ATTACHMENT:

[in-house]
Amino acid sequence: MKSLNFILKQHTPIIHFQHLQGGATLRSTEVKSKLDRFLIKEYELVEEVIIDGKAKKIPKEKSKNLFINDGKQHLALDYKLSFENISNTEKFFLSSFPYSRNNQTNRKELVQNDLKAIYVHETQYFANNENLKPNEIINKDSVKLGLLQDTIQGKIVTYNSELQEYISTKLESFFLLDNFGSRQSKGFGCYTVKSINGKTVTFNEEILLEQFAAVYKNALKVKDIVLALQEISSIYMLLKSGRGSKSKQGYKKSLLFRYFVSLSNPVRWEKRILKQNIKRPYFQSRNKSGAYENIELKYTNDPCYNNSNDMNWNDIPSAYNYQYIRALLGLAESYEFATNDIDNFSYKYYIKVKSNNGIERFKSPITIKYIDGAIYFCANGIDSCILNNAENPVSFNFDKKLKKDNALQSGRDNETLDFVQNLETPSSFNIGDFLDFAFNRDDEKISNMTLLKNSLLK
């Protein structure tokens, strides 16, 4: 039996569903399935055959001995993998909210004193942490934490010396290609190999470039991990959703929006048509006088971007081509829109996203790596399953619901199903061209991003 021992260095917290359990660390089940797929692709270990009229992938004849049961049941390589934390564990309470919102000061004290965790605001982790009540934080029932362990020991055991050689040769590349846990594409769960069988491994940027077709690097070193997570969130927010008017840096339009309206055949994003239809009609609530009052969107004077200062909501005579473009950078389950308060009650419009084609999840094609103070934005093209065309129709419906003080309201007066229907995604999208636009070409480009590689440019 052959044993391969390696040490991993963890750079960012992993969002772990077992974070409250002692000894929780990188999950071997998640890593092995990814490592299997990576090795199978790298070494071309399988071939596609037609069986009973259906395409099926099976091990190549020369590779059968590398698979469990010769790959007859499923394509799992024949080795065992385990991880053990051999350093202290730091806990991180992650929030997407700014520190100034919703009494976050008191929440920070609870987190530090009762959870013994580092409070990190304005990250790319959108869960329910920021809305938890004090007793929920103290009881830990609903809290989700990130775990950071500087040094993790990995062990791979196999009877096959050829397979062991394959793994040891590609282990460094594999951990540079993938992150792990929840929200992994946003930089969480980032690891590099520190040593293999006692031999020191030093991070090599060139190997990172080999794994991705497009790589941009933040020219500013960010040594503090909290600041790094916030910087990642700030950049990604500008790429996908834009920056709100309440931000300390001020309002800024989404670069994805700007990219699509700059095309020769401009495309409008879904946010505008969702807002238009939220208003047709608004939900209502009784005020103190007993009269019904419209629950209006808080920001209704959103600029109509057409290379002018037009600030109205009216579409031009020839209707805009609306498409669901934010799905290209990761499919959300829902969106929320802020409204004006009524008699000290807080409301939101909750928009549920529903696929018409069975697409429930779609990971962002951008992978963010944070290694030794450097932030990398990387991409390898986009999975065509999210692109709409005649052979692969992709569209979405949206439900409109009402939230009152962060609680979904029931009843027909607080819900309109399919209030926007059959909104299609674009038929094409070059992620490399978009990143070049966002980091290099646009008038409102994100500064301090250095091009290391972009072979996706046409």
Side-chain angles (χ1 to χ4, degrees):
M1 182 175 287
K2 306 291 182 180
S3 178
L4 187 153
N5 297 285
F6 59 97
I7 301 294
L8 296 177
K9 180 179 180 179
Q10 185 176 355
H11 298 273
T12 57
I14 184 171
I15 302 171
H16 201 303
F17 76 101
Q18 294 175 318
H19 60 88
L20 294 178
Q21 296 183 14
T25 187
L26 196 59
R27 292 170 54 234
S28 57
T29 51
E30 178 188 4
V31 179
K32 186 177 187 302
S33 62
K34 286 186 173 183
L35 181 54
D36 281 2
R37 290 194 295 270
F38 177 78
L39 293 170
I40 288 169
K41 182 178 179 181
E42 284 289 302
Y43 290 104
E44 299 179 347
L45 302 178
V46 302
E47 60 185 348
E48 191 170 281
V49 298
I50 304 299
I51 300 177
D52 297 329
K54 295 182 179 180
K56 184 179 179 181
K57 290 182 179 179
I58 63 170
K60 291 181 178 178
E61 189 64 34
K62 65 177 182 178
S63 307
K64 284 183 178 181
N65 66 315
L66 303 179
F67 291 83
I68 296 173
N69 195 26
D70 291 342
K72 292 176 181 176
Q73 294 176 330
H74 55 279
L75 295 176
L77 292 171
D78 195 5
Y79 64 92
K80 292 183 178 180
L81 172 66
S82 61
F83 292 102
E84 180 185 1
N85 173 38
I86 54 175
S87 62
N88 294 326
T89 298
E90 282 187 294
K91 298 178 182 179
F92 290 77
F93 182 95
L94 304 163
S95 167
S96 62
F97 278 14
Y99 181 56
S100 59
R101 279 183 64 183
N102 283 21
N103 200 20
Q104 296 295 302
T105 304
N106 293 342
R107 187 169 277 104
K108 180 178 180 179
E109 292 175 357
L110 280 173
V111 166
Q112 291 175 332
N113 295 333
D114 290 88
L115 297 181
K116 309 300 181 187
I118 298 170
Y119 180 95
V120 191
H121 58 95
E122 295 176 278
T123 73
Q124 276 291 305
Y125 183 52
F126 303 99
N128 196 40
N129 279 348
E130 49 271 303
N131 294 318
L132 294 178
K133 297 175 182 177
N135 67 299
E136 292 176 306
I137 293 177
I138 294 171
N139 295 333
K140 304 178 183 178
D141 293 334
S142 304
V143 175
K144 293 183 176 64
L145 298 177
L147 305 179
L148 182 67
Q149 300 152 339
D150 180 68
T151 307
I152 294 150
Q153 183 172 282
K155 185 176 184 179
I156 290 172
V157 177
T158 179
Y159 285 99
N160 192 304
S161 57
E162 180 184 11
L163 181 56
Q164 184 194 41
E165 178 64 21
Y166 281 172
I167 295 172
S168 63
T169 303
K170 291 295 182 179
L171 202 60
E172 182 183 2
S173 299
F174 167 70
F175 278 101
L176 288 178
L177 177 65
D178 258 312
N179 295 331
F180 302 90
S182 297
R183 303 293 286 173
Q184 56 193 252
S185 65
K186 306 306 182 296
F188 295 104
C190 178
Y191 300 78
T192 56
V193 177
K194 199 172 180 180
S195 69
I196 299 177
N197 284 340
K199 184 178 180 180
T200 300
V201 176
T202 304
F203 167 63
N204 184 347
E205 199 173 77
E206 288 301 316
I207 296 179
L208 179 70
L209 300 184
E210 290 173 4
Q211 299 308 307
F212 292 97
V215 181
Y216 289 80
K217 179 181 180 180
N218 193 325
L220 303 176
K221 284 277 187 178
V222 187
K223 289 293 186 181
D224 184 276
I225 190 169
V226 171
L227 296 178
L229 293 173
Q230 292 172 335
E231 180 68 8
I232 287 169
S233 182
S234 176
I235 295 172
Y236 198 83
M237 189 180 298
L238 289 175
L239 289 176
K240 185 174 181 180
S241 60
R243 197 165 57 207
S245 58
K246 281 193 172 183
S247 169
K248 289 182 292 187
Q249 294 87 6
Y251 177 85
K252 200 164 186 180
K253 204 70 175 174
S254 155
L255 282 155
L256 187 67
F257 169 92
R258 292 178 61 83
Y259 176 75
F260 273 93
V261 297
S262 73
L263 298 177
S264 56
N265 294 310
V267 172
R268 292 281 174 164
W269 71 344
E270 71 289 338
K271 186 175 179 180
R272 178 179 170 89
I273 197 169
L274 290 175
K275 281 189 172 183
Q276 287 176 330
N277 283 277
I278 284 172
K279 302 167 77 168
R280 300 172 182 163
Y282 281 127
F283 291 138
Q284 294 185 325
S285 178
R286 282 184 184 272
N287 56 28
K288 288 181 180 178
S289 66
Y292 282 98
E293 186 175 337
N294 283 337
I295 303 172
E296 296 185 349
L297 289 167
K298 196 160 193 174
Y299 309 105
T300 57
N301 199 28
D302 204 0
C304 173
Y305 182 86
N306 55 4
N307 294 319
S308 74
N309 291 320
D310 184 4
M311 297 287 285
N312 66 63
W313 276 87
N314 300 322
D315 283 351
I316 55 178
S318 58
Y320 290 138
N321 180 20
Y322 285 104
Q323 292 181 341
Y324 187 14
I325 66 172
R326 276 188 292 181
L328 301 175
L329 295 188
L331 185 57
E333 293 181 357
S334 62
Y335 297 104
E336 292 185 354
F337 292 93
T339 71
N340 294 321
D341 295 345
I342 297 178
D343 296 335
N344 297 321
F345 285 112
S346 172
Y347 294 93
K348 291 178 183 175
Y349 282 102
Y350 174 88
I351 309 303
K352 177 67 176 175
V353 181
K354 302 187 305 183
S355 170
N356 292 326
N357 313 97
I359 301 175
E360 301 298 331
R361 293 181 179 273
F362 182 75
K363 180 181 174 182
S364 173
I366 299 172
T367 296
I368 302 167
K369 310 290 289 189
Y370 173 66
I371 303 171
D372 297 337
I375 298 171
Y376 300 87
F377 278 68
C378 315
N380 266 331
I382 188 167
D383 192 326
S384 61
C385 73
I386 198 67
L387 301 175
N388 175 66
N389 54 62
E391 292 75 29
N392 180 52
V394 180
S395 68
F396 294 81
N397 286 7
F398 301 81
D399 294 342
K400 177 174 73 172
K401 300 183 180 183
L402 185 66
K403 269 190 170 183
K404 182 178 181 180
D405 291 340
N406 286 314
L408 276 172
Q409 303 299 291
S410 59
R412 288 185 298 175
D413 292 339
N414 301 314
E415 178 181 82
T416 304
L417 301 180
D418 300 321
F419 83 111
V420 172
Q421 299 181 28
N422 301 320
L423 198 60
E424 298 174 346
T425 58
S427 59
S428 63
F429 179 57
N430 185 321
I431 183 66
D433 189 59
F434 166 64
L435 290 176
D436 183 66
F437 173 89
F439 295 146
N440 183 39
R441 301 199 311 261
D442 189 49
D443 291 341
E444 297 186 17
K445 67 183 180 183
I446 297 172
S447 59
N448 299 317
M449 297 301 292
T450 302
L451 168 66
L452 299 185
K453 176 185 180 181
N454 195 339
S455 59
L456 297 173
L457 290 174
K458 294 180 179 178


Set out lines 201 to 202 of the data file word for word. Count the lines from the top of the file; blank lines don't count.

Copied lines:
N218 193 325
L220 303 176